Lessons From Galaxyfest… — Derek Barton – 2017


This weekend was an amazing experience and a great opportunity to meet several established writers and comic-con artists.

As always, I want to share with you the lessons I learned so that maybe if you are interested in becoming a self-published writer, you can benefit from my experiences.

While the con did not get the anticipated crowds all of us hoped for (approximately 3,000 versus the 10,000 people), there were a lot of exhibits and vendors that I could learn a lot from.

I had the immense honor to meet and speak to these writers:

From these guys I learned a lot of information about Audible, about booth displays, about other conventions/bookfestivals, about book covers and book interior layouts.  I got new ideas for marketing, book themes and even items to go with the books to draw people to the booth.

By the next convention I hope to have a new book banners, new materials like character bios and character magnets, a new variety of bookmarks based on the books and even (insert drumroll here…) a new book direction – I am going to develop a Steampunk Novel (or novella)!  I will still work on my Consequences Within Chaos novel sequel, however, I will be also donating time on a Steampunk storyline.  Like I did with In Four Days, be on the lookout for my story blogs!

Why Steampunk?  For one, I like the whole western/victorian theme which of course I will beef up with own horror style.  Second reason is that this will also give my fans another element or genre that they can delve into with me.  And lastly, it is obviously growing in demand and in popularity.  I am intrigued just where this could lead me.

Also I met up with a few voice-over actors that I may be able to help me launch an Audible version of Consequences Within Chaos.  Recently, I signed up with Audible and I really love the service.  I listen to books now as I do my 3-or-4-mile walk each night.  Peter Meredith explained the process to me and really enlightened me on how this could be a big benefit overall to me.  We just might see how right he is!

Another great benefit to comic-cons is the artist booths.  Not only are their works inspiring and thought-provoking, but they could be great resources in the future.  I already have a great artist, Dan Thomas of Dark Art Komics helping me out and showing me the ropes at these comic-cons, but I also met Jacob Spill (https://www.facebook.com/jspill) and several other artists that could help me with illustrations or covers in the future.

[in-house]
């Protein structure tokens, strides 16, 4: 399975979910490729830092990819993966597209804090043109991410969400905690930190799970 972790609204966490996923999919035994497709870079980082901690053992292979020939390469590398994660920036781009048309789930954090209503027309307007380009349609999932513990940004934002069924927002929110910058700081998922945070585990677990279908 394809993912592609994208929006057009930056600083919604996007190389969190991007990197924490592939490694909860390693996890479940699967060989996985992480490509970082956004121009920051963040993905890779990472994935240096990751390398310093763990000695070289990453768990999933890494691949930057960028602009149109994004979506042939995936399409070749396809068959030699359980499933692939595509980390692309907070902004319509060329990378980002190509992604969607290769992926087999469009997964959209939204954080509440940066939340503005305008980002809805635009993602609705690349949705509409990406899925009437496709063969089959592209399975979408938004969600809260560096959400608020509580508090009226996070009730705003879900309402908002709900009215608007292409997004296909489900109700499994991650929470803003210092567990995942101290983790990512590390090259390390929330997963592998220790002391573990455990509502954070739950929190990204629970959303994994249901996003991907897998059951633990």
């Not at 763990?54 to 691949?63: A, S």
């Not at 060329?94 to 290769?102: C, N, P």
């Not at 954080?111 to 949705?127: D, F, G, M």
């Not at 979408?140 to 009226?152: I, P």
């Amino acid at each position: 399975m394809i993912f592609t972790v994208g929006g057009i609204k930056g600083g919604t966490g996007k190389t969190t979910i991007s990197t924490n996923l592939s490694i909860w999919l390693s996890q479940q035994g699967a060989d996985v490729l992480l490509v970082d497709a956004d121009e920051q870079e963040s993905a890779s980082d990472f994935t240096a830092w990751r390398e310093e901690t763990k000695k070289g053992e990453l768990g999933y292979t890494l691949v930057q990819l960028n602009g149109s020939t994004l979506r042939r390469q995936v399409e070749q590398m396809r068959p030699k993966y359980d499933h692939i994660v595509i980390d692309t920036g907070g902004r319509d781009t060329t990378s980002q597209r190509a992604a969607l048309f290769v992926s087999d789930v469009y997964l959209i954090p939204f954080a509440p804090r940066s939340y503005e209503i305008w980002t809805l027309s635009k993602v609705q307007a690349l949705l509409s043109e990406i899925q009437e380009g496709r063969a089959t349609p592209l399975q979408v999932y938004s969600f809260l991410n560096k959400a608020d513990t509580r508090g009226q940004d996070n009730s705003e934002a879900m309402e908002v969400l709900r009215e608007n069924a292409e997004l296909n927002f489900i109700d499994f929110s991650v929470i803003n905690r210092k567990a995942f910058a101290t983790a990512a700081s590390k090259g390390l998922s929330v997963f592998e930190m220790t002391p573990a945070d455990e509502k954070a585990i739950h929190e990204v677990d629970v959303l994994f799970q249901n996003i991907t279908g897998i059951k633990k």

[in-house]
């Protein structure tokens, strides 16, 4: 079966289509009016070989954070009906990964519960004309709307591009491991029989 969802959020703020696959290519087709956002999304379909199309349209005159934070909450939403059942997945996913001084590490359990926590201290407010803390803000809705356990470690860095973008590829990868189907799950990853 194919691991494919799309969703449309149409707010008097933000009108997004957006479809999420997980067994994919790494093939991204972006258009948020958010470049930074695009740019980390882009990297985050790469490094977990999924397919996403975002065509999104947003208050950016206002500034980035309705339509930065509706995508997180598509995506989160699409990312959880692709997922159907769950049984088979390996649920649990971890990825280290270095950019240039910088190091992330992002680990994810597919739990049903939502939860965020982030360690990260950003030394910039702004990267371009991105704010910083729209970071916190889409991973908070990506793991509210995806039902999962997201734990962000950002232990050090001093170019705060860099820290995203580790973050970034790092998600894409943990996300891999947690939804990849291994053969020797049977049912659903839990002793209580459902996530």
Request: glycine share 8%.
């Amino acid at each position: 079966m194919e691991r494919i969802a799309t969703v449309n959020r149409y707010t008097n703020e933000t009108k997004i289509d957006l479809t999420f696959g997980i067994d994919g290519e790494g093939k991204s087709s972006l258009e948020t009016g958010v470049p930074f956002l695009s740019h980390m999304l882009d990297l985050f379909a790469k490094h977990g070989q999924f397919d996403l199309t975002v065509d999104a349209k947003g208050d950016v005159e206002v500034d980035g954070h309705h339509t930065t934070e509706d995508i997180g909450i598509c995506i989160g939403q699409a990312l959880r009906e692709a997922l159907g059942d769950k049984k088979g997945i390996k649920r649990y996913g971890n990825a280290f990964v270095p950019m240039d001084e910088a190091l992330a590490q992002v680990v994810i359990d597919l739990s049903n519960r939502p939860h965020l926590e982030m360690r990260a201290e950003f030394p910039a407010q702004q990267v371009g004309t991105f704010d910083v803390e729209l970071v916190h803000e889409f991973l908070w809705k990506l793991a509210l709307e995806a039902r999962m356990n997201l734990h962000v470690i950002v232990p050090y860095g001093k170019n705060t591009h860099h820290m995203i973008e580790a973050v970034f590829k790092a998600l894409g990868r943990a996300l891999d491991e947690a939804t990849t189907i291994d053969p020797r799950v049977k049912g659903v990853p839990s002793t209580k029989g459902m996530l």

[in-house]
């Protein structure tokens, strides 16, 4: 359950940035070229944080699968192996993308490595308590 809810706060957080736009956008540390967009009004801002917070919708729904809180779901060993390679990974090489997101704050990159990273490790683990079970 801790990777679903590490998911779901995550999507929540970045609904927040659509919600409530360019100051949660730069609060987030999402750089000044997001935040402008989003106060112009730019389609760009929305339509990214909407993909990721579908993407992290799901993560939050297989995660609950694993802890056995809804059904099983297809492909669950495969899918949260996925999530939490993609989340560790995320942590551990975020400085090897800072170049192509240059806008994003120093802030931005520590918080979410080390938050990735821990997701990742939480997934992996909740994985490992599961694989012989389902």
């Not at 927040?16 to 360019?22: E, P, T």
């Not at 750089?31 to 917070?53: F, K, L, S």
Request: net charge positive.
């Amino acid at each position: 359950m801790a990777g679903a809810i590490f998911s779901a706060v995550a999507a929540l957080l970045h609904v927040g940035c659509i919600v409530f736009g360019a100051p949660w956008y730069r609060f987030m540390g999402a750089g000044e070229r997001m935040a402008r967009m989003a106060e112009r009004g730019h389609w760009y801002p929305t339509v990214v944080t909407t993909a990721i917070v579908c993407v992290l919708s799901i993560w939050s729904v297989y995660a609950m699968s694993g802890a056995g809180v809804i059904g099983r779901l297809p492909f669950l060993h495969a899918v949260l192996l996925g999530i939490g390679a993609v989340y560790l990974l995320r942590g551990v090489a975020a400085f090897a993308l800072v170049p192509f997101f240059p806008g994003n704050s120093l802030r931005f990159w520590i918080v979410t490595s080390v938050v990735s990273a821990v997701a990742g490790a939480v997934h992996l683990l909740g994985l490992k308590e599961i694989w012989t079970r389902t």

Financially I took a gamble, threw the dice and unfortunately hit a wall with Galaxyfest, but I did get a lot out of it in terms of marketing knowledge and trade information.  I will certainly do more conventions — JUST DO IT BETTER!

Here are a few more pictures of the fun characters and fans you do run into at these things!

Wishful Thinking… — Derek Barton – 2017


Tonight I would like to just give you a brief glimpse into my mind and a snapshot image of some of the people from Consequences Within Chaos, my first novel.

As every writer and perhaps every reader will tell you, the characters and the places where they live can become so real, so tangible that when the book ends, you can actually feel a sense of loss.  A painful separation from heroes that you cheered for, walked right by their side when they fell or when they made a bad mistake.  When the book ends, you lose these new friends.  Trust me, the writer feels that same way as the readers.

Well, at least until the author brings them back to you in another story.  That is the whole fundamental reason for “sequels” — we miss these people and want to see them succeed at least one more time!

Anyway, I digress.

If I were to make a movie adaption today, who would I pick to play them?  Here are my choices for the main characters (heroes and villains) of Wyvernshield:

Prince Taihven Artadeus

Andrew Garfield


Prince and Heir-Apparent to the Throne of Tayneva and the capital city of Wyvernshield. He has lived seventeen years in shame and an embarrassment to his royal family due to a hidden mental malady that blurs the lines between reality and fantasy for him.

Princess Letandra Artadeus

Georgie Henley


She is older than her brother Taihven and has always been his protector and biggest defender.   Often Letandra finds herself in the middle of conflicts between Taihven and his Queen mother, Demetryce.

Queen Demetryce Artadeus

Helen Mirren


Queen and Court Justice for Wyvernshield.  Her cold demeanor and hard line stance on most subjects has not made her a popular person among the citizenry nor is she a well-respected diplomat like her husband.